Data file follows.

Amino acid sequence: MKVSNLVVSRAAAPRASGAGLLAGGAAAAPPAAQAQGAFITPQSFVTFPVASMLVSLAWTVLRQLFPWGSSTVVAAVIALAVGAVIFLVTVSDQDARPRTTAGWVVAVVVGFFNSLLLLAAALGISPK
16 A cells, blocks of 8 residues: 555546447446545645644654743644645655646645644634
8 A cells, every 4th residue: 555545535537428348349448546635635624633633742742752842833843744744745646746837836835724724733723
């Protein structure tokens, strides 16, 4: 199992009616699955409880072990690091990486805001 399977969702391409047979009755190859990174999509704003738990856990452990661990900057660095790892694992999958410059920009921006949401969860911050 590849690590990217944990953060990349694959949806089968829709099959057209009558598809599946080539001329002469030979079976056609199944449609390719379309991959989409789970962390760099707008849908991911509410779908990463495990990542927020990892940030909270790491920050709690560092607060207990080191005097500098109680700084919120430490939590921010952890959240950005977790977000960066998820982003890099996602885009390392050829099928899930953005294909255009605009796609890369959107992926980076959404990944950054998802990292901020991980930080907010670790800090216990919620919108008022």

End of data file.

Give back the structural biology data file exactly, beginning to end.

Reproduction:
Amino acid sequence: MKVSNLVVSRAAAPRASGAGLLAGGAAAAPPAAQAQGAFITPQSFVTFPVASMLVSLAWTVLRQLFPWGSSTVVAAVIALAVGAVIFLVTVSDQDARPRTTAGWVVAVVVGFFNSLLLLAAALGISPK
16 A cells, blocks of 8 residues: 555546447446545645644654743644645655646645644634
8 A cells, every 4th residue: 555545535537428348349448546635635624633633742742752842833843744744745646746837836835724724733723
């Protein structure tokens, strides 16, 4: 199992009616699955409880072990690091990486805001 399977969702391409047979009755190859990174999509704003738990856990452990661990900057660095790892694992999958410059920009921006949401969860911050 590849690590990217944990953060990349694959949806089968829709099959057209009558598809599946080539001329002469030979079976056609199944449609390719379309991959989409789970962390760099707008849908991911509410779908990463495990990542927020990892940030909270790491920050709690560092607060207990080191005097500098109680700084919120430490939590921010952890959240950005977790977000960066998820982003890099996602885009390392050829099928899930953005294909255009605009796609890369959107992926980076959404990944950054998802990292901020991980930080907010670790800090216990919620919108008022």